Ethiopia’s military has called on former soldiers to re-join the army, as it battles to hold off a rebel advance.
The appeal comes as rebel forces – spearheaded by the Tigray People’s Liberation Front (TPLF) – make advances towards the capital, Addis Ababa.
The US embassy has told all US citizens to leave Ethiopia as soon as possible amid a “very fluid” security situation.
Hours earlier, nine anti-government groups forged an alliance to dismantle PM Abiy Ahmed’s administration.
The government has said it will continue to fight what it calls an existential war. The conflict has entered its second year, with millions displaced and more than 400,000 on the brink of famine.
This week, government officials declared a state of emergency, and called on residents to register their weapons, telling them to get ready to protect their neighbourhoods.
Ethiopia’s international partners have called for an end to the hostilities.
UK Foreign Secretary Liz Truss urged both sides to agree a ceasefire in a call with Ethiopia’s deputy prime minister on Friday.
“I made clear there is no military solution and that negotiations are needed to avoid bloodshed and deliver lasting peace,” she said.
On Thursday, US Secretary of State Antony Blinken called for a ceasefire, saying the conflict “must come to an end”. The US special envoy, Jeffrey Feltman, is visiting Addis Ababa to press for a peaceful solution.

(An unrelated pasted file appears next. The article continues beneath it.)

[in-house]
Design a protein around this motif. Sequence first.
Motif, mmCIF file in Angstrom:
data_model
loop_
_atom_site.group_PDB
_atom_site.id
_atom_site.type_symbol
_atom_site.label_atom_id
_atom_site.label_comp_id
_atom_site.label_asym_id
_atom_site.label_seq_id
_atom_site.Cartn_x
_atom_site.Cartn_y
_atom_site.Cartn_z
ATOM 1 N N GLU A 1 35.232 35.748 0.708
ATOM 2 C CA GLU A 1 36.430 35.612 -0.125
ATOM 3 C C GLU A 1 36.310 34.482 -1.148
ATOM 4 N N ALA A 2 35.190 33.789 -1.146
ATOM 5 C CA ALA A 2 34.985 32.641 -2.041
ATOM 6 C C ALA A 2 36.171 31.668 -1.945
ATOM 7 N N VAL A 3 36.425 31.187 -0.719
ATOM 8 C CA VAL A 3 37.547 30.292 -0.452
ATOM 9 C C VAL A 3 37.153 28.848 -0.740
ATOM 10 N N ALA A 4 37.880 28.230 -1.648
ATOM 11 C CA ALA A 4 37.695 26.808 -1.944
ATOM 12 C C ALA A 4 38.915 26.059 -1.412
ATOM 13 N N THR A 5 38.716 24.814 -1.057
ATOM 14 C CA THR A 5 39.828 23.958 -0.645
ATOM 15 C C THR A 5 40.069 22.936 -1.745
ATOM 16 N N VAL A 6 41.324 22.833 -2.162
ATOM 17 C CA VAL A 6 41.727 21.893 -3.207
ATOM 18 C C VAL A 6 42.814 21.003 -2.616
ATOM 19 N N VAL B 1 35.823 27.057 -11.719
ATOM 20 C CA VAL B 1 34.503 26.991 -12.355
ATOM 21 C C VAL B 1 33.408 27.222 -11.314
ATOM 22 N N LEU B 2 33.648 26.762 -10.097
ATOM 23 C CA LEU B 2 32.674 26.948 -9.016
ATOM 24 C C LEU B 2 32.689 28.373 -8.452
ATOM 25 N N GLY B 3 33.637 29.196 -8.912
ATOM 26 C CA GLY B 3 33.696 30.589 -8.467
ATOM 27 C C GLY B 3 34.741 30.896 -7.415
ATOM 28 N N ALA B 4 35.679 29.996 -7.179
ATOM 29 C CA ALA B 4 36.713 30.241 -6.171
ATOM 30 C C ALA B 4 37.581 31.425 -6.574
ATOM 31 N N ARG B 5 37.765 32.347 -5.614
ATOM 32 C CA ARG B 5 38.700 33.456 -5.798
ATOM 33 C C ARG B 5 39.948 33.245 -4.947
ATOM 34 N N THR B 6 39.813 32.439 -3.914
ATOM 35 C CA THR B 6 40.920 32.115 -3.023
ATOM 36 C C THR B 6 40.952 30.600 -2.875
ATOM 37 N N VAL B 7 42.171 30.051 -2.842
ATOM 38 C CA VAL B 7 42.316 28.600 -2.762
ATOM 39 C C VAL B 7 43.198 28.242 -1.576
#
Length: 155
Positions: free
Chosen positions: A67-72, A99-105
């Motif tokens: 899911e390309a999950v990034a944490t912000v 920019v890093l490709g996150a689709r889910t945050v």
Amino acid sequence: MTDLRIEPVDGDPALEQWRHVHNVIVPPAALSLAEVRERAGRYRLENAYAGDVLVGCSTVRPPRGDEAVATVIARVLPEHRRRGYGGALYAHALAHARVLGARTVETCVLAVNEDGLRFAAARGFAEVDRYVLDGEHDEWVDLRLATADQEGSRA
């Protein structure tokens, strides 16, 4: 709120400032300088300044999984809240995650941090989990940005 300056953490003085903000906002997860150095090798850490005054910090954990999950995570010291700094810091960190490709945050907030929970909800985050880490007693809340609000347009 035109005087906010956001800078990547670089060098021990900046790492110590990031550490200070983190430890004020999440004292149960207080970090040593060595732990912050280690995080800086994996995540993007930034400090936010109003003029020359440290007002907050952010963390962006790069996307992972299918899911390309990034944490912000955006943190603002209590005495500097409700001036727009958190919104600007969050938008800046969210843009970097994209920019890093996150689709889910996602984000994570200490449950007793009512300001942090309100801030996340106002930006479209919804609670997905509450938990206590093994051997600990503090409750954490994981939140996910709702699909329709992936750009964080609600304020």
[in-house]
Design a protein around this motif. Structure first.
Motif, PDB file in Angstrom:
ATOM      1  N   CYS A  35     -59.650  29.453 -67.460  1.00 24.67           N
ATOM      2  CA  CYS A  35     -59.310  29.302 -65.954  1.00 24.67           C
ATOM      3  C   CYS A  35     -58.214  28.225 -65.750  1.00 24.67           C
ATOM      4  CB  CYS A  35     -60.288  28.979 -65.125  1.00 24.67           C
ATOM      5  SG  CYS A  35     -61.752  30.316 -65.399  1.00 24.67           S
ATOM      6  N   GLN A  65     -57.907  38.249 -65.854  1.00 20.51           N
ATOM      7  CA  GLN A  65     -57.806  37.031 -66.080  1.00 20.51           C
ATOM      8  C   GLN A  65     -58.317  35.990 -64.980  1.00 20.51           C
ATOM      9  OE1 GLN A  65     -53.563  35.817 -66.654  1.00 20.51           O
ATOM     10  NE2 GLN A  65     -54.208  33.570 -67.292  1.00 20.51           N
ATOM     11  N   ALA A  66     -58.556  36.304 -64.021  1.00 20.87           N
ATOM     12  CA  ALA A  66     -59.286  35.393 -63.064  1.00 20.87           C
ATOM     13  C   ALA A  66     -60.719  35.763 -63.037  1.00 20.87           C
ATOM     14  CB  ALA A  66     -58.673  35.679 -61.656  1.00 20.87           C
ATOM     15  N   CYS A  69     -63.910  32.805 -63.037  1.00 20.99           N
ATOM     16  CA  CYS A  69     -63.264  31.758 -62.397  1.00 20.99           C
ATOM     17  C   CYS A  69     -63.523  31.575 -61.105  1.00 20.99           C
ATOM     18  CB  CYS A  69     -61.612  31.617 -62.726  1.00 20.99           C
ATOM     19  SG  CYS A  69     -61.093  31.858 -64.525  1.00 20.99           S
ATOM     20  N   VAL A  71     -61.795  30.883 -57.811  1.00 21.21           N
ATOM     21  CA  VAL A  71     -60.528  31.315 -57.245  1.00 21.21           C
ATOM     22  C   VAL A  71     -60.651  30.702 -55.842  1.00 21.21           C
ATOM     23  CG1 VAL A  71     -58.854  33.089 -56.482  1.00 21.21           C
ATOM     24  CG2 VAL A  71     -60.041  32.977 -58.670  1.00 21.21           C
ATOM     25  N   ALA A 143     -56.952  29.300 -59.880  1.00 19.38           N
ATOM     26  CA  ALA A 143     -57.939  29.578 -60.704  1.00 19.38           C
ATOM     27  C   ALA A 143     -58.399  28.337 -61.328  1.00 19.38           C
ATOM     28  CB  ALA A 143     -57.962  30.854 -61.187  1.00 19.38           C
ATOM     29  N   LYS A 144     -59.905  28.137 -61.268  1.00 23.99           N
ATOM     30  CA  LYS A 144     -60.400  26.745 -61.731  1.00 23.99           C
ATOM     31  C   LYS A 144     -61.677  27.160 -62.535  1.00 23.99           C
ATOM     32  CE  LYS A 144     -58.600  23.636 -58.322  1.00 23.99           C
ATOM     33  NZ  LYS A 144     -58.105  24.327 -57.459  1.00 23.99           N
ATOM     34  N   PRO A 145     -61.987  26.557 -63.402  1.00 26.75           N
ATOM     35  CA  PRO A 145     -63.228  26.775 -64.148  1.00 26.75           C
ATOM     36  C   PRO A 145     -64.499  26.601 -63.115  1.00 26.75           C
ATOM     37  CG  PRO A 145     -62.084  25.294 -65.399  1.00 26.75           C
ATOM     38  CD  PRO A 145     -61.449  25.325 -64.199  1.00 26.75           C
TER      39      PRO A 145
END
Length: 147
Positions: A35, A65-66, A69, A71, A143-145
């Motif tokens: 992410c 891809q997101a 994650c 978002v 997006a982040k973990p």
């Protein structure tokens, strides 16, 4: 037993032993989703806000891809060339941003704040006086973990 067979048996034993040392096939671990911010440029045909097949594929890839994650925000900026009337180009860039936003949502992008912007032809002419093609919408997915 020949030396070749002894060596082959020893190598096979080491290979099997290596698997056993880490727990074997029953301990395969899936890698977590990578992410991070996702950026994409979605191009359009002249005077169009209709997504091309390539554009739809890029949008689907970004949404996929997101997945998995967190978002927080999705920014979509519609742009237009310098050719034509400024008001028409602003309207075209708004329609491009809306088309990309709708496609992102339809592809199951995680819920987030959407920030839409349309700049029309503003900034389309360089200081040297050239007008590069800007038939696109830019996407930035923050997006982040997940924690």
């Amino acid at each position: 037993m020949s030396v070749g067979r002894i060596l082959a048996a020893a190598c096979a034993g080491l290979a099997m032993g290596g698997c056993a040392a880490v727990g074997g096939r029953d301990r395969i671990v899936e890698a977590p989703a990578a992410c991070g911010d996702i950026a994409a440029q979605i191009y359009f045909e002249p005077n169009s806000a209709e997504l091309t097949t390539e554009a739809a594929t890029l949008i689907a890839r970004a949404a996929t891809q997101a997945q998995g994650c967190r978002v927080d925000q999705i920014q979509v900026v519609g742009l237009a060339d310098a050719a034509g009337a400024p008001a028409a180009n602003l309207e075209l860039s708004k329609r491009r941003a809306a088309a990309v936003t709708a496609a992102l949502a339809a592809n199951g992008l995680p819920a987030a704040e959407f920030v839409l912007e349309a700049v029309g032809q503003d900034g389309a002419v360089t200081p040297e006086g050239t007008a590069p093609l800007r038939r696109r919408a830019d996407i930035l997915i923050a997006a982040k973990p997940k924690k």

The new rebel alliance includes the TPLF and Oromo Liberation Army (OLA).
Speaking in Washington, a Tigrayan representative and former Ethiopian ambassador to the US, Berhane Gebre-Christos, said the aim was to oust Mr Abiy’s government by force or negotiations, and establish an interim administration.
“We’re trying to bring an end to this terrible situation in Ethiopia, which is created single-handedly by the Abiy government,” he said. “Time is running out for him.”
The OLA and TPLF have already started fighting alongside each other and this week claimed to have captured the town of Kemise, 325km (200 miles) north of Addis Ababa, on the main road from Tigray to the capital.
Fears of military showdown in the capital
The call for military veterans to re-enlist is a sign of how seriously the Ethiopian government is taking the rebel threat.
It comes a day after Prime Minister Abiy gave a defiant message, vowing that his forces would “bury the enemy with our blood and bones”.
But recent moves by his government paint a less confident picture. It has already asked civilians to prepare to defend their neighbourhoods.
There are international efforts to avert a military showdown in the capital. But with unrelenting war rhetoric on both sides, it is looking increasingly likely.
But government officials dismissed the new coalition, saying it would have no support.
“They are very weak, the weakest political force in Ethiopia,” spokesman Kebede Desissa told the BBC’s Newshour programme. He said “the reality on the ground is not indicating” that rebel forces were advancing on the capital.
Fighting broke out a year ago between government troops and the TPLF, which dominated Ethiopia for decades and now controls Tigray.